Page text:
A tutorial on how to make The Shoulder Pad Things, aka Epaulets!
This is how I made them when I made my first sweet, sweet white Oscar uniform over a year ago. If you feel the need to run around the house pretendind to be a prince often, I reccommend trying these out.
Summary: Royal AU: the reader is a princess next in line to take the throne. Bucky is a knight that has been put in charge of taking care of and protecting the reader.
Warnings: **minor** Character death
A/N: I am having so so so much fun writing this series. Ugh. I hope you all are enjoying reading it just as much. I’m going to try to keep posting fairly regular, so every saturday at 8pm central time should do. <3
New epaulet Napoli model jacket, straight out of the shipping box. Great fit, great shoulder (as natural as I’ve found anywhere), and the subtle herringbone is a great touch on a more casual jacket. I think I’m going to take the flaps off the patch pockets.
I was questioning whether or not to do this, but on the advice of @byzantinefox and @bantarleton, I’ve decided to make a post addressing the events portrayed in the film. I’m not a film critic or scholar (my wondertrev buddy @twoquickdeaths could probably say more about those aspects of it than I could), but I am a history major with a great interest in the First World War. Hence, I will be addressing the events of the film, their historical context, and the way they are portrayed. WARNING: Spoilers below!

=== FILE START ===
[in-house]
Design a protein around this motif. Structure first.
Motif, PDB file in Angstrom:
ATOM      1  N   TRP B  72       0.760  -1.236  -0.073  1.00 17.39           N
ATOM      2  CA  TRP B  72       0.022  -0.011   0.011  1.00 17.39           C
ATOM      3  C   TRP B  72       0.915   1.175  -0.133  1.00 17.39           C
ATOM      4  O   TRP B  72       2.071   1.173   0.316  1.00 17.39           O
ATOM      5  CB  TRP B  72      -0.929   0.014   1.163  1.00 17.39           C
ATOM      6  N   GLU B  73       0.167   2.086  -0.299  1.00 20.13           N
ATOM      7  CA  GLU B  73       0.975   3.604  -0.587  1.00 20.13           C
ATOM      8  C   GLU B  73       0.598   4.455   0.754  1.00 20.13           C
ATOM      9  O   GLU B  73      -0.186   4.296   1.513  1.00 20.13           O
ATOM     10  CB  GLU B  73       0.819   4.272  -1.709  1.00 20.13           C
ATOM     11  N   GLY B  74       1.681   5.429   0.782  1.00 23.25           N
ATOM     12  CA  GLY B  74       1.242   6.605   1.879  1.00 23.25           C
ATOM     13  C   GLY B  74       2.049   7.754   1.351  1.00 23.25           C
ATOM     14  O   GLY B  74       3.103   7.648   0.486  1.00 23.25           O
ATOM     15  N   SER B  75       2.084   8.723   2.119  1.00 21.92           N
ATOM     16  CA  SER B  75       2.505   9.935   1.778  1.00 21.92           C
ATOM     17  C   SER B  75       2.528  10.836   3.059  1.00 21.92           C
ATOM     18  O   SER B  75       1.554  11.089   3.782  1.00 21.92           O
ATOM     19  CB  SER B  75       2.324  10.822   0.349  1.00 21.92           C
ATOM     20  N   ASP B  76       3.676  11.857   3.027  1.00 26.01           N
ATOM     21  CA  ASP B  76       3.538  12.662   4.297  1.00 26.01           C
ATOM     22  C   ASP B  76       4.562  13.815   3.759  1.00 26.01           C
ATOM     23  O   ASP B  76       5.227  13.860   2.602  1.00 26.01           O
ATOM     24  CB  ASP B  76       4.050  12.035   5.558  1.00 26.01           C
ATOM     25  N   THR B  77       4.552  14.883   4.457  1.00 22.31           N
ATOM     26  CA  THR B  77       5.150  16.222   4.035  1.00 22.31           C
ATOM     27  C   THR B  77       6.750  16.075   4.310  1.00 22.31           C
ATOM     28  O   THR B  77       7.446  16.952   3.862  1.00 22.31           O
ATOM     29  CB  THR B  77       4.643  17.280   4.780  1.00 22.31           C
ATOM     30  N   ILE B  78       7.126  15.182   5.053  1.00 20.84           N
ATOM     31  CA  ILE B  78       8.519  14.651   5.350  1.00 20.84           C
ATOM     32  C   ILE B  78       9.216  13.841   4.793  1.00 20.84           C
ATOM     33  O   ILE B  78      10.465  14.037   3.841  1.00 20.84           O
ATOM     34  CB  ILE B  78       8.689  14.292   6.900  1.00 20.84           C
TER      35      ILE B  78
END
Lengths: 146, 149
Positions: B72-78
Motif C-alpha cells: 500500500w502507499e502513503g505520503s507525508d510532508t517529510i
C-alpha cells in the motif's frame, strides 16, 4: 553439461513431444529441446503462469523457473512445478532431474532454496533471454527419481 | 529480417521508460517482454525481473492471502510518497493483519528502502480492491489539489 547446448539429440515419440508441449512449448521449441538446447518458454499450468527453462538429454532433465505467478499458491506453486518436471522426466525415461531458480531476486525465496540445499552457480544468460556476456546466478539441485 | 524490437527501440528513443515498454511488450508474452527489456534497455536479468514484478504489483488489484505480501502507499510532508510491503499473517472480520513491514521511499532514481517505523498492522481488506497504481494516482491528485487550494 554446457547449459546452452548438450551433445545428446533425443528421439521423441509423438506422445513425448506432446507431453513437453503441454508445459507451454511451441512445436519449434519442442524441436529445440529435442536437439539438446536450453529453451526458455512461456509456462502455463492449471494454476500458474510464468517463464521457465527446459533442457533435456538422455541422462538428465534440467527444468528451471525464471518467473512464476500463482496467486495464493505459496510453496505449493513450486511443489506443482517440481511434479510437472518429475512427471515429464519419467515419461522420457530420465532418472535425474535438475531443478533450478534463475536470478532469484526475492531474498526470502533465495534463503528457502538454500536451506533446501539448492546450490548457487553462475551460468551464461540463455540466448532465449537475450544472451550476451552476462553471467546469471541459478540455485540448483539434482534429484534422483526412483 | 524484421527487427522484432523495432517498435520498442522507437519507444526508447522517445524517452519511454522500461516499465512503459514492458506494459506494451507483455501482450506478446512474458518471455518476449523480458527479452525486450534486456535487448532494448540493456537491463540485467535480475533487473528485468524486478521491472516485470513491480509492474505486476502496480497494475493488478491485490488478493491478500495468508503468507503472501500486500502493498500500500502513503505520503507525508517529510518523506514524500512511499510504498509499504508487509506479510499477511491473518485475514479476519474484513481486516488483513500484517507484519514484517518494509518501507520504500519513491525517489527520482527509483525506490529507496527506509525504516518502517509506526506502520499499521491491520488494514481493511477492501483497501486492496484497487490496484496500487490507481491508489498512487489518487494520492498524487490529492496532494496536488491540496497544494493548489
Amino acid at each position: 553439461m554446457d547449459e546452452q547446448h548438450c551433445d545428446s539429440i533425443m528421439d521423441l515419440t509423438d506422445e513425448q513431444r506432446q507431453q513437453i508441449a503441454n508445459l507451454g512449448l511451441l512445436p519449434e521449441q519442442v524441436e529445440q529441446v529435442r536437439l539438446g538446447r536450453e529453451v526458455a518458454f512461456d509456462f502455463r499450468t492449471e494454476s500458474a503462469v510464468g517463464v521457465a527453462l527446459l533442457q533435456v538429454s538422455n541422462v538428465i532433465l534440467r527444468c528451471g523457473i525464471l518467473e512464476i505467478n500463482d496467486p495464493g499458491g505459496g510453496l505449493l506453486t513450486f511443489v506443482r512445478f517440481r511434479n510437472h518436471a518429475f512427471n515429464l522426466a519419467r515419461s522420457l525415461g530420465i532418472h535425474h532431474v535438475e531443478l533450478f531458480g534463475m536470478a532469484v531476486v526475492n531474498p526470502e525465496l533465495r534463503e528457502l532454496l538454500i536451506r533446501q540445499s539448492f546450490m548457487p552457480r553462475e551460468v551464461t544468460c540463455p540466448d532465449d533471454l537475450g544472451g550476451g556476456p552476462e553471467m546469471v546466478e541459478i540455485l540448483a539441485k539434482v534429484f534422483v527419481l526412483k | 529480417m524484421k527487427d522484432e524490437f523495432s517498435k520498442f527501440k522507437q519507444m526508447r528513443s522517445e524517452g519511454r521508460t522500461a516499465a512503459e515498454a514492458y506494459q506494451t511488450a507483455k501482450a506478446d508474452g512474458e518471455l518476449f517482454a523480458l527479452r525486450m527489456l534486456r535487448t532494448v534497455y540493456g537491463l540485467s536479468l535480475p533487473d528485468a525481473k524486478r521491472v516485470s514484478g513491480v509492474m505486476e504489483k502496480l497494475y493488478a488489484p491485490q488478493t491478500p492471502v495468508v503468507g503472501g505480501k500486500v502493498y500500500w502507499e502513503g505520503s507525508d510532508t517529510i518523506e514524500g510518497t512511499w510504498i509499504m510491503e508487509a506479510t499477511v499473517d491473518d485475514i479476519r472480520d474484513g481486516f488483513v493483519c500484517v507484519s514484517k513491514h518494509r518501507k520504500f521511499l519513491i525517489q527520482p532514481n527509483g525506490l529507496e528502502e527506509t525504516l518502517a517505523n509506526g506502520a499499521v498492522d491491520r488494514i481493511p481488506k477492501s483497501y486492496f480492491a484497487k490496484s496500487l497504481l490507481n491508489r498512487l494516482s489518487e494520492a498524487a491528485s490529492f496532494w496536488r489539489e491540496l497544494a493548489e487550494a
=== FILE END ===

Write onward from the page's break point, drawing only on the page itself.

Summary: Novel-Thrawn and Rebels-Thrawn are very different. There is no question that in Rebels, Thrawn favours a crueller, harsher command. Eli Vanto returns from the Ascendancy a year after departing, to find a very changed Thrawn. Eli has questions. He may not like the answers. Oneshot, gen. Thrawn novel and SWR both referenced.
There was always something about Lambda-class shuttles that didn’t quite
sit well with Eli Vanto.
Perhaps it is the fact that while most
Lambdas are used to ferry troops or personnel, they also conveniently double as
prisoner transports; every Imperial officer is well-used to seeing even the
most toughened of Space-pirates tremble when the distinctive triangular
silhouette of a Lambda shuttle settles down before them.
The harnesses can be locked down,
certainly, transforming into prisoner bindings rather than simple crash
webbing. And there are no viewports – not like the soaring, panoramic views of
a star-destroyer bridge.
But the disquiet that flickers through